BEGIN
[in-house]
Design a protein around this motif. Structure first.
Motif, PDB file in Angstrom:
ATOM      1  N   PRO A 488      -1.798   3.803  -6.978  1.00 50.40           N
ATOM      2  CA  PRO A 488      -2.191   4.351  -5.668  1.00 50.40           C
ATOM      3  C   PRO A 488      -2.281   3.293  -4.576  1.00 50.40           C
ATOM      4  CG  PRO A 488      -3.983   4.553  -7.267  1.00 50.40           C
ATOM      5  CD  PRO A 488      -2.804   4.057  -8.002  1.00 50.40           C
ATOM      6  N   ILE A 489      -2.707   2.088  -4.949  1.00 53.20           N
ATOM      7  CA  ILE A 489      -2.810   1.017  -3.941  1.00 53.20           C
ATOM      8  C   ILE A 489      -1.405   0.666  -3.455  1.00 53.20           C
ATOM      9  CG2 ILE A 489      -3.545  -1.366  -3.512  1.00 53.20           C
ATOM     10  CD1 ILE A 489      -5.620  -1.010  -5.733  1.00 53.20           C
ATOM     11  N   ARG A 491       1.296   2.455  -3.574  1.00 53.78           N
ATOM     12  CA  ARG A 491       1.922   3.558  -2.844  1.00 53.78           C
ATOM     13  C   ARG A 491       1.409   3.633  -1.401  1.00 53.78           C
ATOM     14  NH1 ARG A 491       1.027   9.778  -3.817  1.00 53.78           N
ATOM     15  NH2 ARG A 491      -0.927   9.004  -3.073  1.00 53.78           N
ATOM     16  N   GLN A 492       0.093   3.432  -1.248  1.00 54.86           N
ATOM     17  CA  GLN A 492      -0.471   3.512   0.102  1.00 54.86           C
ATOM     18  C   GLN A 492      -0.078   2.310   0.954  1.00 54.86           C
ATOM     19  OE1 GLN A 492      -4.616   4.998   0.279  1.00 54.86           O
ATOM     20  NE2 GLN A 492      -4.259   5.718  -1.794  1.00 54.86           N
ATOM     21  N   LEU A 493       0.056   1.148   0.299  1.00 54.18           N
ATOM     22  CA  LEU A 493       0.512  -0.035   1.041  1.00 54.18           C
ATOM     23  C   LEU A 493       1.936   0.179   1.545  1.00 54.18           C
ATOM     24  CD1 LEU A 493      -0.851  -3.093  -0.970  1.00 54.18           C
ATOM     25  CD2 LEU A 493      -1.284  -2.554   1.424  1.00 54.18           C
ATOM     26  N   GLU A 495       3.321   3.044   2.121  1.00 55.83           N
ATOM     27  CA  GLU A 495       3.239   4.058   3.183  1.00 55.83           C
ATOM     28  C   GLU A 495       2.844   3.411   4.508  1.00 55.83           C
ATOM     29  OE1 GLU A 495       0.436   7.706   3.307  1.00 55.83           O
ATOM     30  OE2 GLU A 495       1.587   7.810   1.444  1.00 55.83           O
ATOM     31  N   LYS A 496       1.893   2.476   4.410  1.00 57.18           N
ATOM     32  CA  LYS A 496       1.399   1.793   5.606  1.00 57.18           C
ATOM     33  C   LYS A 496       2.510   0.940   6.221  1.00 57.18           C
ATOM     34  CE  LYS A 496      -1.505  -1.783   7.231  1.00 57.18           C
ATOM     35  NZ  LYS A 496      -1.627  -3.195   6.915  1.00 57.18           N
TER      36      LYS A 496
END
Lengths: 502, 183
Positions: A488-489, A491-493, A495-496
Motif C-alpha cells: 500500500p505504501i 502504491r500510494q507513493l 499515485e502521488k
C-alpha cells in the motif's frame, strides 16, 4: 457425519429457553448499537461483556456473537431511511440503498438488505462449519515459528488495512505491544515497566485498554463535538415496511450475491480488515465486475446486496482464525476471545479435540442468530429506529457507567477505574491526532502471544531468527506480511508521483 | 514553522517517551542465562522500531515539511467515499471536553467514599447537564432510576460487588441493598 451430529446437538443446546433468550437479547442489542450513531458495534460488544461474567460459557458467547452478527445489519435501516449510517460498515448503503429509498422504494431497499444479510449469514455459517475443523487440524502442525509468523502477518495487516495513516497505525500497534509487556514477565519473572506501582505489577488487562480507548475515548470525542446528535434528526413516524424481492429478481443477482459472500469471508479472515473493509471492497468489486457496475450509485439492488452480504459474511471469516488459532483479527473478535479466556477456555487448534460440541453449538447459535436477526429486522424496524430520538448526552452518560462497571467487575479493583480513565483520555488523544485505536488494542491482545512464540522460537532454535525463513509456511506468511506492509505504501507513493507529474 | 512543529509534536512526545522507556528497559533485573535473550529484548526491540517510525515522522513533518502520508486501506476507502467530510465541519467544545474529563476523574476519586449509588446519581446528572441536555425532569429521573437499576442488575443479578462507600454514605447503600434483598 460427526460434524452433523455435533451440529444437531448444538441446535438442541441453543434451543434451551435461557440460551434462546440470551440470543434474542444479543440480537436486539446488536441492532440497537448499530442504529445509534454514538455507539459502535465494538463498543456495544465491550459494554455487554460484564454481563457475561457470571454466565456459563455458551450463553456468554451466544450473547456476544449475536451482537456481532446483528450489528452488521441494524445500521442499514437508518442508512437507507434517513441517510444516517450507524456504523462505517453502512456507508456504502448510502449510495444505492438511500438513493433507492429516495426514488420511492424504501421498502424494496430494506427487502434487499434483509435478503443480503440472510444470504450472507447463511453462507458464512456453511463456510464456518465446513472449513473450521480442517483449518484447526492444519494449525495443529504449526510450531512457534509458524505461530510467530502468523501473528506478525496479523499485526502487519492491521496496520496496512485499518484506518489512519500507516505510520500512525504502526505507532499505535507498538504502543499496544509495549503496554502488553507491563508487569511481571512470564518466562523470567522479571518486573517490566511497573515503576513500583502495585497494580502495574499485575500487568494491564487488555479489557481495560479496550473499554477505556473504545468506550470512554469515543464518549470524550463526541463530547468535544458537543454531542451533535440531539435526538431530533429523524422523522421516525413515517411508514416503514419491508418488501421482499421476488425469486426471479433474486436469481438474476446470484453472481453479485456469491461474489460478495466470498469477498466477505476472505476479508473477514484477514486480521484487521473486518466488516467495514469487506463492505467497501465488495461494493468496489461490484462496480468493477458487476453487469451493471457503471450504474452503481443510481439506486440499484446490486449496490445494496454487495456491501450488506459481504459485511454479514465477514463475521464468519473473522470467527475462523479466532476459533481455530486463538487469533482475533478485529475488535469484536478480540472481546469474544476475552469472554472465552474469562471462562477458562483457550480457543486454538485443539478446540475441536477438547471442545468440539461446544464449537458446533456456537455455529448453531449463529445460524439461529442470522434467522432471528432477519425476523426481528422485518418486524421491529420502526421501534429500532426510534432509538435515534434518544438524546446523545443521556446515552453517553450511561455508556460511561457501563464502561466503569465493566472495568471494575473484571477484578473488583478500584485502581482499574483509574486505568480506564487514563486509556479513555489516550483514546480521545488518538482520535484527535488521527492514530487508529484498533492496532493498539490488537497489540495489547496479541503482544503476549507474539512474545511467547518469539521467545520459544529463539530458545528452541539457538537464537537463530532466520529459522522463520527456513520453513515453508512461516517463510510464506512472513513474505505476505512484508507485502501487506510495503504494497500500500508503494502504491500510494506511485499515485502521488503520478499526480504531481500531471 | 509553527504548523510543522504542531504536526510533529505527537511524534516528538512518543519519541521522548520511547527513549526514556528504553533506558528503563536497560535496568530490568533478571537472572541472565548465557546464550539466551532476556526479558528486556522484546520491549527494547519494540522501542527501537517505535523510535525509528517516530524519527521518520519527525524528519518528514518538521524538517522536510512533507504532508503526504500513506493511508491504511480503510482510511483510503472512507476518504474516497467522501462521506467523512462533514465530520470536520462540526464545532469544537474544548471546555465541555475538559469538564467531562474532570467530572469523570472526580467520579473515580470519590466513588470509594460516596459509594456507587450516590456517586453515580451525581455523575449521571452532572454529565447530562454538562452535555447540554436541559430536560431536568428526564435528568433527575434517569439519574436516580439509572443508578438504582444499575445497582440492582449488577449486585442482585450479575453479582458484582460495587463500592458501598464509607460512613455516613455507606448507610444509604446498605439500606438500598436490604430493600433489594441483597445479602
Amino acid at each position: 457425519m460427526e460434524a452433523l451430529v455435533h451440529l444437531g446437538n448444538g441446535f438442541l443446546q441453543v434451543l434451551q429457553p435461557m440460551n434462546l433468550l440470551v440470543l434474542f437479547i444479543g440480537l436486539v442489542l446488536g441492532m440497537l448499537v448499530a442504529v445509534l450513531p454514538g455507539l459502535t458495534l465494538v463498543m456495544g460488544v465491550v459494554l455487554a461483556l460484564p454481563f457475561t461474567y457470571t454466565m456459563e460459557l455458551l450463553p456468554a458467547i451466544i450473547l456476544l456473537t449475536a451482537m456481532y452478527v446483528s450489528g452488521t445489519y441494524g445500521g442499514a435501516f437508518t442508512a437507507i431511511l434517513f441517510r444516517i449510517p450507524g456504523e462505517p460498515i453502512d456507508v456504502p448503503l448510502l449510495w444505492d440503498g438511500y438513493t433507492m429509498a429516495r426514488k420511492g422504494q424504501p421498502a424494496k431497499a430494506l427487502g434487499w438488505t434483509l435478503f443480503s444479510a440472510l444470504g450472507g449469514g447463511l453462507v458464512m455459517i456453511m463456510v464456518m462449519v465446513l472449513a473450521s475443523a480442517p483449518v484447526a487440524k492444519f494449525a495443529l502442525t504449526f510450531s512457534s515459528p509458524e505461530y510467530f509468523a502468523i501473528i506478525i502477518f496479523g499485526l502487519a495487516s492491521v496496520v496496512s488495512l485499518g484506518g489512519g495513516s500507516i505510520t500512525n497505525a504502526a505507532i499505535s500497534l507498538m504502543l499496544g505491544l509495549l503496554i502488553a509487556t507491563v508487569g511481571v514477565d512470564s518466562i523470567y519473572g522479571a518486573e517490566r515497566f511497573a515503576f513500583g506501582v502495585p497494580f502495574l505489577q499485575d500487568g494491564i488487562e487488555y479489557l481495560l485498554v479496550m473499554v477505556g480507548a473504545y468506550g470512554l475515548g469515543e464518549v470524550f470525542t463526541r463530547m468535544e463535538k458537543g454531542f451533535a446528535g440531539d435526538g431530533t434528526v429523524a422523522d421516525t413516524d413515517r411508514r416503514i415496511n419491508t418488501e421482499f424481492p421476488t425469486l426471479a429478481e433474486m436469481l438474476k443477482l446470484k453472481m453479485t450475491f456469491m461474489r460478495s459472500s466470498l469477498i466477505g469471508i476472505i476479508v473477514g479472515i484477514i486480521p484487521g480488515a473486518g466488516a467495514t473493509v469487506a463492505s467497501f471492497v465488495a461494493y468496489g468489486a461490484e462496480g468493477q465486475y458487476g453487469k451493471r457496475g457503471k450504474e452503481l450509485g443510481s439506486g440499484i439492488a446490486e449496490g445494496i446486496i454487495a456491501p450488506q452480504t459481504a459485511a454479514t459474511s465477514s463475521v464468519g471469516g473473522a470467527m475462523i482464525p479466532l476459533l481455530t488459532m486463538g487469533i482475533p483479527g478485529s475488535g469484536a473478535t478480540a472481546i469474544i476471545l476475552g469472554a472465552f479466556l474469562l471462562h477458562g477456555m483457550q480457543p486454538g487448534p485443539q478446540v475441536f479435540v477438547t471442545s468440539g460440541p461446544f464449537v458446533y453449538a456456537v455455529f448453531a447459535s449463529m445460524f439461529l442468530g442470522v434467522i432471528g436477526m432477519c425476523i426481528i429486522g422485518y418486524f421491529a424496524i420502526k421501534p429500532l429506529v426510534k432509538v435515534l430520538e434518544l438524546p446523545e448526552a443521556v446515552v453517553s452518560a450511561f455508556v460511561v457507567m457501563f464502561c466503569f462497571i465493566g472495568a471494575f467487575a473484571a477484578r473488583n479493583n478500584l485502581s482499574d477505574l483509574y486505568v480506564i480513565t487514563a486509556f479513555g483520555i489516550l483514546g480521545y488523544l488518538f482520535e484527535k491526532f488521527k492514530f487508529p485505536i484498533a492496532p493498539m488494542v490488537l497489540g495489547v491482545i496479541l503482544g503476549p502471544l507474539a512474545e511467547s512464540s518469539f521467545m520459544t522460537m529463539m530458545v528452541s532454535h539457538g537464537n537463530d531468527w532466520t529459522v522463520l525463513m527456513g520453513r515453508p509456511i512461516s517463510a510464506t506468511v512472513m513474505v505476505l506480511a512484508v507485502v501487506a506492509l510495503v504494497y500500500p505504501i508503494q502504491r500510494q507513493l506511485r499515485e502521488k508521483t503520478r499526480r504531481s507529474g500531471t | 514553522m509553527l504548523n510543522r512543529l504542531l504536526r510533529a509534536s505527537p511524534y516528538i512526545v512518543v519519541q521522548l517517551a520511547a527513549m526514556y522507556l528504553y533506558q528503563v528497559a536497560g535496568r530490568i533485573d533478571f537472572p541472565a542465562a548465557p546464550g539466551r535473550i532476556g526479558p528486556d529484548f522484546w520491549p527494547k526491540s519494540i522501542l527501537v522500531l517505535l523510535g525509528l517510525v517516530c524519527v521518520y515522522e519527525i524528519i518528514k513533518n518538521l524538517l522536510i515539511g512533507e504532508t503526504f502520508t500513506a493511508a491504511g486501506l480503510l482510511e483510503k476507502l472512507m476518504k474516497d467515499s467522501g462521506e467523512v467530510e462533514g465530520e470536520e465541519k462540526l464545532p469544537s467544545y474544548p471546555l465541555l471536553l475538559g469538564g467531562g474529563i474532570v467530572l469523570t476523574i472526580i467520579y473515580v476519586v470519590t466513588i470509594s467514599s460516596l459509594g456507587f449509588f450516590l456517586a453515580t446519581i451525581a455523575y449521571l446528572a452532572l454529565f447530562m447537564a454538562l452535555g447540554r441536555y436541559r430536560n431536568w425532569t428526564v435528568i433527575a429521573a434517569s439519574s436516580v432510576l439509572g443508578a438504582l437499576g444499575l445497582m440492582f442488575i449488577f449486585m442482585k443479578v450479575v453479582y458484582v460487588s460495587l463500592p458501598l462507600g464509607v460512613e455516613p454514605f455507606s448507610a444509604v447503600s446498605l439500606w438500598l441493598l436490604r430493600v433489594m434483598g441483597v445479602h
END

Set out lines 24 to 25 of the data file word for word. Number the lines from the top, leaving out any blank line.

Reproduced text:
ATOM     21  N   LEU A 493       0.056   1.148   0.299  1.00 54.18           N
ATOM     22  CA  LEU A 493       0.512  -0.035   1.041  1.00 54.18           C